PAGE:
A coal-mining project appeared to be more important than a 700-year-old church which had completed nearly a weeklong trip to a new home in eastern Germany on Wednesday to free its original place for it.
Loaded in one piece onto a huge flatbed trailer and secured by steel braces, it traveled 12 kilometers (7Ѕ miles) to its new home on the Martin Luther Square in Borna.
"I hope - I am certain - that it will stand for hundreds of years more at its new site," Saxony Governor Georg Milbradt said Wednesday, after which the church was inched into its new home to the sound of pealing bells from another church nearby.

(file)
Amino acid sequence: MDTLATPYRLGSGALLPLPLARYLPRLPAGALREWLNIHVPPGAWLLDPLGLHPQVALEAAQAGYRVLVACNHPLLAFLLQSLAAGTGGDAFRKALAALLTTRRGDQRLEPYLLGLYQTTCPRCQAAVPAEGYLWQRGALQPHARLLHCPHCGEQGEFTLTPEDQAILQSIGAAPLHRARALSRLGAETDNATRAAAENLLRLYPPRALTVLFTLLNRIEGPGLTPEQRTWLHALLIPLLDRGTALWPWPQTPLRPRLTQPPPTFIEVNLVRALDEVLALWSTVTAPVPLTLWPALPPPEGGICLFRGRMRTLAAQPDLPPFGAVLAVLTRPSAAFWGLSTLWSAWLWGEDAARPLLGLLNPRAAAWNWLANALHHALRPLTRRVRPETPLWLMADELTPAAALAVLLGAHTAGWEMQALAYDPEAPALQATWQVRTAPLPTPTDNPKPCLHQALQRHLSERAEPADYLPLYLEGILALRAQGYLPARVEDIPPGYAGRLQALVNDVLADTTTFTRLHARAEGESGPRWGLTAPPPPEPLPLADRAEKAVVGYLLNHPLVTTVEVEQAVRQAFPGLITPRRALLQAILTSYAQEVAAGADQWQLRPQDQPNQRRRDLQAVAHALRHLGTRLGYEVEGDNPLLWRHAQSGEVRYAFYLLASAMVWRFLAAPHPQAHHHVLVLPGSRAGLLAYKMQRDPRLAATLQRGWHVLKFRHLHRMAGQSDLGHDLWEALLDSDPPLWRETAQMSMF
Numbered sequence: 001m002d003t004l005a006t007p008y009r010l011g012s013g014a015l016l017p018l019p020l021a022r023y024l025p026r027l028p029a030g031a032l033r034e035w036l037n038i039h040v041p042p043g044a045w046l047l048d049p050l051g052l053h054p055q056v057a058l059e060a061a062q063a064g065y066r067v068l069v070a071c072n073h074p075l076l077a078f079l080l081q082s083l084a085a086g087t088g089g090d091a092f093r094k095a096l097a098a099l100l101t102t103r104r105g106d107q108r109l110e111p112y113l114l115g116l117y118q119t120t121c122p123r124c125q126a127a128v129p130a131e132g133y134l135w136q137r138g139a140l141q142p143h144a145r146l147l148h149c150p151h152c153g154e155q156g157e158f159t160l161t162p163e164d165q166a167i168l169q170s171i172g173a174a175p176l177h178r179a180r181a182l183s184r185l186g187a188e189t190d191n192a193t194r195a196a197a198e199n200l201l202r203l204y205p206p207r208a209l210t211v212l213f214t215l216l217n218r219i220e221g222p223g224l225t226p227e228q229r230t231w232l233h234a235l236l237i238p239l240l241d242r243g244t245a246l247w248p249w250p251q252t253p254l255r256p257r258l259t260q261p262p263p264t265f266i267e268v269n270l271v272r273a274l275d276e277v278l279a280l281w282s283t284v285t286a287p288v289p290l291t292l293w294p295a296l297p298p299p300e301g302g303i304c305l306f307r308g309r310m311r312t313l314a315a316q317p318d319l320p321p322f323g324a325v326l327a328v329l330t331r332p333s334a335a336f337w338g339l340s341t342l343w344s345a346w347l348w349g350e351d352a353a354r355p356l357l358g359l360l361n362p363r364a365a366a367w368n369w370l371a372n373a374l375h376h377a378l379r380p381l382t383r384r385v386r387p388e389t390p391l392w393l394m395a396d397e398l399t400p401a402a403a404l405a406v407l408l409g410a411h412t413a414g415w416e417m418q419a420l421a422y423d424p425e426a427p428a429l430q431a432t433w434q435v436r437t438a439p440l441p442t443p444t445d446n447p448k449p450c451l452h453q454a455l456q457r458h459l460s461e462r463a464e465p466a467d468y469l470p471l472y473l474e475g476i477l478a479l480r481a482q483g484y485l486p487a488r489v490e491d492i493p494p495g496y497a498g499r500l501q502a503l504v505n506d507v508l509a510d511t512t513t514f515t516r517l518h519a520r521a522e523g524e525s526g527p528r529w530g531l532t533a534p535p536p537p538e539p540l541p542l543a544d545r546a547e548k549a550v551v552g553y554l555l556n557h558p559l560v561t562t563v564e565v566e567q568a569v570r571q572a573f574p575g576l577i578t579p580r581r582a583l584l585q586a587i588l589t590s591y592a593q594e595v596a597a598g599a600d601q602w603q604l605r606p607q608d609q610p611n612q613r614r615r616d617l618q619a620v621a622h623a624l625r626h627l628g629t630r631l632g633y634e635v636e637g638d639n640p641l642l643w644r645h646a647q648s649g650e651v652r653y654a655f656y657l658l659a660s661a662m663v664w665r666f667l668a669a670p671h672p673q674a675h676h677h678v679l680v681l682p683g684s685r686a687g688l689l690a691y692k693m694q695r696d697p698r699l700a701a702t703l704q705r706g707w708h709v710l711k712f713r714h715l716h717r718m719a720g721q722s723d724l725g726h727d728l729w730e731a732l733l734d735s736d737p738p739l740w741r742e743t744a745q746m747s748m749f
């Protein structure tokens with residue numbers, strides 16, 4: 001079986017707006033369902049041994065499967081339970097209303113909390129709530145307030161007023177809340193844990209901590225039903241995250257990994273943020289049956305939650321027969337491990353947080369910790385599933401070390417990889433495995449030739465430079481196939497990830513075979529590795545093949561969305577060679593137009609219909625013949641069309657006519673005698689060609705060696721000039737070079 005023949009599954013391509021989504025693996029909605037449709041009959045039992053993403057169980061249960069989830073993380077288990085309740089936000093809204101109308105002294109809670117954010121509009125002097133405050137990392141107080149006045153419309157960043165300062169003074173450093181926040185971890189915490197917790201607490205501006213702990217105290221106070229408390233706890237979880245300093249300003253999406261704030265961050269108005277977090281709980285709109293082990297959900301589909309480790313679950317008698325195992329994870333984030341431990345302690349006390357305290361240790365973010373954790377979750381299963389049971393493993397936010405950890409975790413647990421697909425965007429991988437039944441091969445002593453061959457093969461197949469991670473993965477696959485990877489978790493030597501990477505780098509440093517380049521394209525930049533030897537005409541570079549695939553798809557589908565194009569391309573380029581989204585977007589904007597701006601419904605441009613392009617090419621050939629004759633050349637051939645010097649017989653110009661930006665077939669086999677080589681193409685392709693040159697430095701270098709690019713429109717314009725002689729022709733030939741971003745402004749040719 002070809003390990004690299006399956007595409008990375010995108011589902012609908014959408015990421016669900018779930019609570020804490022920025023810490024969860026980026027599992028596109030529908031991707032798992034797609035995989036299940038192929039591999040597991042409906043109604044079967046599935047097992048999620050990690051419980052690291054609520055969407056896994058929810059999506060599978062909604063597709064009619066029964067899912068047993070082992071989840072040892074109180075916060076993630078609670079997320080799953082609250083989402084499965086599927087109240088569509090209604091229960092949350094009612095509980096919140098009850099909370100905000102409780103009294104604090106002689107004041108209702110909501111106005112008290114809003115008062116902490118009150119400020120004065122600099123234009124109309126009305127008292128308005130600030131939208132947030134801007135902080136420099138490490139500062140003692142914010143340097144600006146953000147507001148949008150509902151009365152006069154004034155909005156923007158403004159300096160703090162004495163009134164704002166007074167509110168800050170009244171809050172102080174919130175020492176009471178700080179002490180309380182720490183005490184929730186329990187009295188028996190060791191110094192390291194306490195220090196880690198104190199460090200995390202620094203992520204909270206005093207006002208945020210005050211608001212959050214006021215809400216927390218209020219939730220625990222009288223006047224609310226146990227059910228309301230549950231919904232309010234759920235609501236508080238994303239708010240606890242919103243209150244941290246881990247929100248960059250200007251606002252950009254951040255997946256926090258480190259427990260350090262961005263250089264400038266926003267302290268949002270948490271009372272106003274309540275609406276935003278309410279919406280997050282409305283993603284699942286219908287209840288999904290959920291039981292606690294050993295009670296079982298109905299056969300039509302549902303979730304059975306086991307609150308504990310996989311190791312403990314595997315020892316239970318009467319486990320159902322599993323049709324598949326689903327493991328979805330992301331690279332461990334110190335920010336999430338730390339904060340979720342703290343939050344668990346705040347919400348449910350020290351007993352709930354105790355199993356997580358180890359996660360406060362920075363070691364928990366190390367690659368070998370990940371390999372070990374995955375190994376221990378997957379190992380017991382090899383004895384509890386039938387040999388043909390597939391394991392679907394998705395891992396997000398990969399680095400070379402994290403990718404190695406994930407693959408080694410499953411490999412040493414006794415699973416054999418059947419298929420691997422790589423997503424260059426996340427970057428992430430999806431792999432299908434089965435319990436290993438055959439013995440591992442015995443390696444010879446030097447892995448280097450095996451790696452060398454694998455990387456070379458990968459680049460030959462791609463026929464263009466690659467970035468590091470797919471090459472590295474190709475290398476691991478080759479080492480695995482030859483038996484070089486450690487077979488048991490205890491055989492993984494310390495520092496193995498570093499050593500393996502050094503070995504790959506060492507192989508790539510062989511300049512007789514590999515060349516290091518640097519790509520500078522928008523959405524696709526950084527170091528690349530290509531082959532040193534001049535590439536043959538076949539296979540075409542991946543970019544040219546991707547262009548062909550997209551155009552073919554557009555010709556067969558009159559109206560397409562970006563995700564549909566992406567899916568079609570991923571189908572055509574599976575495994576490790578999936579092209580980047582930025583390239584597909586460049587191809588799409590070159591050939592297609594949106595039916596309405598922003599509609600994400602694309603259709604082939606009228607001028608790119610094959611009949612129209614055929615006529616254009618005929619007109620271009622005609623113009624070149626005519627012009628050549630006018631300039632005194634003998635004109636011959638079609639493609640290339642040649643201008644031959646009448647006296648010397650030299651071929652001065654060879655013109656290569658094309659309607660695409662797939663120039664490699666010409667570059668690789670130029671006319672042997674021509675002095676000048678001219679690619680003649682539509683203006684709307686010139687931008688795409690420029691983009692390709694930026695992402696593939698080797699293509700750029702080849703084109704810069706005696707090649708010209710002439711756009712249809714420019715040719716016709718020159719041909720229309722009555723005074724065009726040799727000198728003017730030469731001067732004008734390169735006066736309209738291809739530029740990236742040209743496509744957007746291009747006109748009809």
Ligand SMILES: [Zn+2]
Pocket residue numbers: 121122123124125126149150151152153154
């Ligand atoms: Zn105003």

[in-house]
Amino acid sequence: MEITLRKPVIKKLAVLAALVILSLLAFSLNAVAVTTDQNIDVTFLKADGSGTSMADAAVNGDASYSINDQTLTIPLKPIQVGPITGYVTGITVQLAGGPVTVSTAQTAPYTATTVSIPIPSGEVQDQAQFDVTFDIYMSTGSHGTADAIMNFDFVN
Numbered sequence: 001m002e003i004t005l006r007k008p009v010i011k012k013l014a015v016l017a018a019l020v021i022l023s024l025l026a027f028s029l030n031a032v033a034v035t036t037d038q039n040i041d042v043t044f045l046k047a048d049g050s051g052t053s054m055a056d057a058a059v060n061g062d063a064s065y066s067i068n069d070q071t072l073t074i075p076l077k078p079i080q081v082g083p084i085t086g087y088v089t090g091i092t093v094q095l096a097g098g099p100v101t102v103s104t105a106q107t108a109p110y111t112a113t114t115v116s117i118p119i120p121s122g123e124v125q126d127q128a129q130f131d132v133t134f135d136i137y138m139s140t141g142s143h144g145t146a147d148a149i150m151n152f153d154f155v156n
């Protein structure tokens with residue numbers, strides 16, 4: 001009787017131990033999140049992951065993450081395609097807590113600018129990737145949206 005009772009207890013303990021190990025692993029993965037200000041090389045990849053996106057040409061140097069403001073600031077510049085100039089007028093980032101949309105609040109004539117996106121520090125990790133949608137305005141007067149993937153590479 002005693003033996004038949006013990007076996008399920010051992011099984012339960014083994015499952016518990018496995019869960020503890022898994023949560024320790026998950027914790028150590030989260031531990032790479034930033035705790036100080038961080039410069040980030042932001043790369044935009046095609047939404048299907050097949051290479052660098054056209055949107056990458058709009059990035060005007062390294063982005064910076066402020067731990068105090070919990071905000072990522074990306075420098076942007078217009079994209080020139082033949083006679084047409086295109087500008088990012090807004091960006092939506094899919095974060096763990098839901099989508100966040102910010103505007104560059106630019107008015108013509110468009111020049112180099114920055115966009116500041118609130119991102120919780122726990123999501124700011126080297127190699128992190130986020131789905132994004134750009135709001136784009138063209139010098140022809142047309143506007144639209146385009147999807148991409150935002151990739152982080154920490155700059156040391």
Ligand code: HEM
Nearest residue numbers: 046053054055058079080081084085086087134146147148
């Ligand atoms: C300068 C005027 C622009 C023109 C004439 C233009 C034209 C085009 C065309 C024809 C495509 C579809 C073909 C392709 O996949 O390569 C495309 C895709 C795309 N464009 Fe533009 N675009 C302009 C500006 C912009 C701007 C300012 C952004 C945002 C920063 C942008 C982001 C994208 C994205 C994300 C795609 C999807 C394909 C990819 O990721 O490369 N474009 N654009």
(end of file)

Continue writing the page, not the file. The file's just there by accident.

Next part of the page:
The Romanesque-style stone church has a steeply pitched roof and a small black tower. At 19.6 meters (65 feet) tall and 14.5 meters (48 feet) long, it weighs around 750 tons.
The move was completed in time for Reformation Day on Wednesday, when Lutherans traditionally remember 16th-Century church reformer Martin Luther.
Plans call for restoration work to be carried out at the new site before the church is opened for services, likely Easter.
The Mibrag coal mining company is paying EUR3 million (US$4.2 million) to move the church, after the regional legislature in 2004 approved plans to dig up Heuersdorf to get at some 50 million tons of lignite, or brown coal, which will supply a nearby power station.
Village authorities fought the plan for years, but lost their appeal to Germany's Constitutional Court in 2005. Most of the 320 residents already have been resettled.